Labiaplasty from different perspectives

Triple J program The Hookup featured a discussion about labiaplasty last week from a number of perspectives: the surgeon, the researcher/psychologist, and from a woman who has had the surgery herself.

You can listen to the podcast here:


Discussion begins at 1:20:30

The taboo around female genitalia has grave consequences for women

An opinion piece by Cat Rodie published this week in Fairfax media suggests that the social and cultural taboos around female genitalia are contributing to young women and girls both not knowing about what their genitals should look like and being dissatisfied with their genital appearance.

“Girls get socialised not to talk about their genitalia. And then, when they need to talk about it (because they have a weird symptom or something has changed) they find that it’s too embarrassing… We need to normalise conversations about female genitalia so that we can start smashing through taboos”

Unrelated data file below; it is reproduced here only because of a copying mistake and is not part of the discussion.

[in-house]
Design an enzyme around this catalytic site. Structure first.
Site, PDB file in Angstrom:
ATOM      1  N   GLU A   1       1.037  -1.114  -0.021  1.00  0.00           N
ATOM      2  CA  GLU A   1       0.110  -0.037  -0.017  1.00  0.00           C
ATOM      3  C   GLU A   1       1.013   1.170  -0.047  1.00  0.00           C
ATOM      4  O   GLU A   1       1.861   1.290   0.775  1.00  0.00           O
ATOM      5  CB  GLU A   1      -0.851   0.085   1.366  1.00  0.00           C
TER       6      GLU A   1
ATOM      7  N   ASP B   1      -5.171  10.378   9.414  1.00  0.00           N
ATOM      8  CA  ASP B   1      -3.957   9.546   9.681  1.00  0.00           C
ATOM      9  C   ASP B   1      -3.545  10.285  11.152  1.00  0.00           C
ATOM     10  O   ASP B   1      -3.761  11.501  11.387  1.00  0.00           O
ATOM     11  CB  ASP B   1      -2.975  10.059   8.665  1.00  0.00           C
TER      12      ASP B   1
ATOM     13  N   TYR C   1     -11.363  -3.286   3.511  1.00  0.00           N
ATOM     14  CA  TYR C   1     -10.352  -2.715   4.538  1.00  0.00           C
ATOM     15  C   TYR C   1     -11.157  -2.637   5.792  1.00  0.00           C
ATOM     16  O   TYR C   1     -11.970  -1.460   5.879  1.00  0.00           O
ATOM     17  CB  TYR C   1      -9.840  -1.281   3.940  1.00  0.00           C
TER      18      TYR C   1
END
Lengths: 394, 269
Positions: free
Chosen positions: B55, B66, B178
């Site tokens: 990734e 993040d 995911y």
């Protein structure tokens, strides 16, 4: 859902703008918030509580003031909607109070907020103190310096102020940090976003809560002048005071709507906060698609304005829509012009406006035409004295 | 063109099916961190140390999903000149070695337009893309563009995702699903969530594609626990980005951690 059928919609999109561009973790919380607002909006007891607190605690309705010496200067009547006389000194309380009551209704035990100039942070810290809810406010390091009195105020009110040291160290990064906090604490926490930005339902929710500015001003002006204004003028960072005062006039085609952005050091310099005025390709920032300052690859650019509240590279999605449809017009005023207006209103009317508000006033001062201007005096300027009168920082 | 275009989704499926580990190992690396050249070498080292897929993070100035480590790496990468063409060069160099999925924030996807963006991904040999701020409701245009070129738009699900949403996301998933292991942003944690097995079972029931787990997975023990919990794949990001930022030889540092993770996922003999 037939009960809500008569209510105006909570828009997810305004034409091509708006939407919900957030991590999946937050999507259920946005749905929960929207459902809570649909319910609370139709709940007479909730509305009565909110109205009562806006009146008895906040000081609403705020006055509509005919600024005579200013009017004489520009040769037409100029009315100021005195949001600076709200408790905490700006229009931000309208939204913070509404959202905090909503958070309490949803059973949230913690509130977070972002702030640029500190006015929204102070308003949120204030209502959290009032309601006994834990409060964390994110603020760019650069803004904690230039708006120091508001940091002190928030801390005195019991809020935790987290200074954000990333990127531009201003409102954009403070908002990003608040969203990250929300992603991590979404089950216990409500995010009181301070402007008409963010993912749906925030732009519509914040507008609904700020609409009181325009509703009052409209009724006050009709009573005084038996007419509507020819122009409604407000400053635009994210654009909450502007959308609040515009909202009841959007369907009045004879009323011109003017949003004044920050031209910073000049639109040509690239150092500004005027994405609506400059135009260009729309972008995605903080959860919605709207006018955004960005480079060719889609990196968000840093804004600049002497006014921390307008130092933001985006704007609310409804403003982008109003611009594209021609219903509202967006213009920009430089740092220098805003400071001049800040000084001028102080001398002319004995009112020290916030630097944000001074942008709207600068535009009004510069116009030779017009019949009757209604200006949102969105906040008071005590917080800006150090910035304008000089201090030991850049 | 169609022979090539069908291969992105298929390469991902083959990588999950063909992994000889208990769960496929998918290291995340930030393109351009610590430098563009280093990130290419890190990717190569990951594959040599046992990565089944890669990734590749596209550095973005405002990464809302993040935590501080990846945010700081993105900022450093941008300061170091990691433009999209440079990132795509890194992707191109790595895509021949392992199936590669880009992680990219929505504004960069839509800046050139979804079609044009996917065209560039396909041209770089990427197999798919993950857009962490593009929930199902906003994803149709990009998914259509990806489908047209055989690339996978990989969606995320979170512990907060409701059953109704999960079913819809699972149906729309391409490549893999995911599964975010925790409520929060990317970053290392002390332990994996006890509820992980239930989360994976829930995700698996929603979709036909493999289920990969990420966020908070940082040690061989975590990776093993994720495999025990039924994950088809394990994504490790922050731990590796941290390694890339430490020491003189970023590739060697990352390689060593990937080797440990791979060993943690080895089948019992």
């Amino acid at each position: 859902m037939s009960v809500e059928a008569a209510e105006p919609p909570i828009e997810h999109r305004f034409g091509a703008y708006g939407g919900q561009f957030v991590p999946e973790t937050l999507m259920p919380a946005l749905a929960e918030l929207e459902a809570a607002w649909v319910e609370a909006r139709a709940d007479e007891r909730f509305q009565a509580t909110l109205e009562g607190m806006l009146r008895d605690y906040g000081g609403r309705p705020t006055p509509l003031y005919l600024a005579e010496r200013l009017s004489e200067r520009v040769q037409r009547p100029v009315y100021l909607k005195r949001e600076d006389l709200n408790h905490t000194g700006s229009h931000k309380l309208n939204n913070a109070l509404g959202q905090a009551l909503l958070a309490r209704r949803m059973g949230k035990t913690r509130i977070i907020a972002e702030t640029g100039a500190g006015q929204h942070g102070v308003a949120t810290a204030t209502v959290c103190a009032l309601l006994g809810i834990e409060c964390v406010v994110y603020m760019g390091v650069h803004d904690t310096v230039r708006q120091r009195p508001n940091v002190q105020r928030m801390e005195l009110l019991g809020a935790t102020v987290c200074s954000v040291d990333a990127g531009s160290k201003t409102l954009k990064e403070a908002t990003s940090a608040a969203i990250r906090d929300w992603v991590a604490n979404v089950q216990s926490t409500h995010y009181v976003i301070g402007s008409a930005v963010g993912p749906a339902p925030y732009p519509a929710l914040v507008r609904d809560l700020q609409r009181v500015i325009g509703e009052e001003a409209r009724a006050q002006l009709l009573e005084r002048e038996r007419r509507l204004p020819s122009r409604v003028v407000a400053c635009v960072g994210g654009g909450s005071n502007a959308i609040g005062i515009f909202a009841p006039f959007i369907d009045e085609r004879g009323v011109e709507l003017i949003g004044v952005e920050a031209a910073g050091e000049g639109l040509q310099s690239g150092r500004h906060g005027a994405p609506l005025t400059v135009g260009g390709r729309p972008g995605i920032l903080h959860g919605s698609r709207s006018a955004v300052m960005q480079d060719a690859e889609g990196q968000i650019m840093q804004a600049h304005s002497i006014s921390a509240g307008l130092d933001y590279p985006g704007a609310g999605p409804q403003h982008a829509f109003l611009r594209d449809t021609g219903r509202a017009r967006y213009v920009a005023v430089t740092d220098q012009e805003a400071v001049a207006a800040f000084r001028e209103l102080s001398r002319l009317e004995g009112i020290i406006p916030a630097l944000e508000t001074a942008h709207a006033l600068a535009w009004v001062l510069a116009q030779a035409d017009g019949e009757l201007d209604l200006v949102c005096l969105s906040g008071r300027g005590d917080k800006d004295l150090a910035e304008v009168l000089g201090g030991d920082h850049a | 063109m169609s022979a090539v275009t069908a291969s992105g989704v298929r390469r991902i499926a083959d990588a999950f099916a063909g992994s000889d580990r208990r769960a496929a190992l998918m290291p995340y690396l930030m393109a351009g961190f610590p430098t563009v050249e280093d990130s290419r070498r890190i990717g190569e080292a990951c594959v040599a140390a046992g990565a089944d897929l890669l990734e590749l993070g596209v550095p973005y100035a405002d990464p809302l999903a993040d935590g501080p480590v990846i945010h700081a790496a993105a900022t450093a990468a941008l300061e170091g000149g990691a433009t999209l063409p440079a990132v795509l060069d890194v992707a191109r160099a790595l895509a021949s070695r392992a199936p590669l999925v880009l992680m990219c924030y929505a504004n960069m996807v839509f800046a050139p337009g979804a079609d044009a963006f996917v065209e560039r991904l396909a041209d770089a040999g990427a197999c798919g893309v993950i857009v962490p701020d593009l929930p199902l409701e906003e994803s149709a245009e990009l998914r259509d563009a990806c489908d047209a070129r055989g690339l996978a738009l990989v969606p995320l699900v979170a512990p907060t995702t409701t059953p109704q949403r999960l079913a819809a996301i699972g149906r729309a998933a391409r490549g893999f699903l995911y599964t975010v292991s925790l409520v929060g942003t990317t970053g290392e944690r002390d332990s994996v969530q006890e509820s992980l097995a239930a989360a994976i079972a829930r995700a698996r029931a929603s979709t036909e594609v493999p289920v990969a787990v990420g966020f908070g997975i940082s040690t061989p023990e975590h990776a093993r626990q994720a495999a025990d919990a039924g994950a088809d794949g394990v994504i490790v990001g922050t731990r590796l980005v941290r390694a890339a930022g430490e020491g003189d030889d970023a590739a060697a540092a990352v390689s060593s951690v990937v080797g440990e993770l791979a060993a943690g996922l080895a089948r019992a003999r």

You can read the article in full HERE



No really, please don’t glitter bomb your vagina.

I have been attempting to write about this for a while now, but every time I go to start, I come across yet another article either extolling or decrying the latest dubious product available to buy and put inside your vagina.

First it was the jade eggs, then the detox pearls, followed by the wasp nests.

In the last week or so, I have seen a stack of articles about a product called Passion Dust.

These “intimacy capsules” are filled with glitter and designed to be placed inside the vagina.

You can read about why gynaecologists are warning against putting glitter capsules in your vagina hereherehere, and here.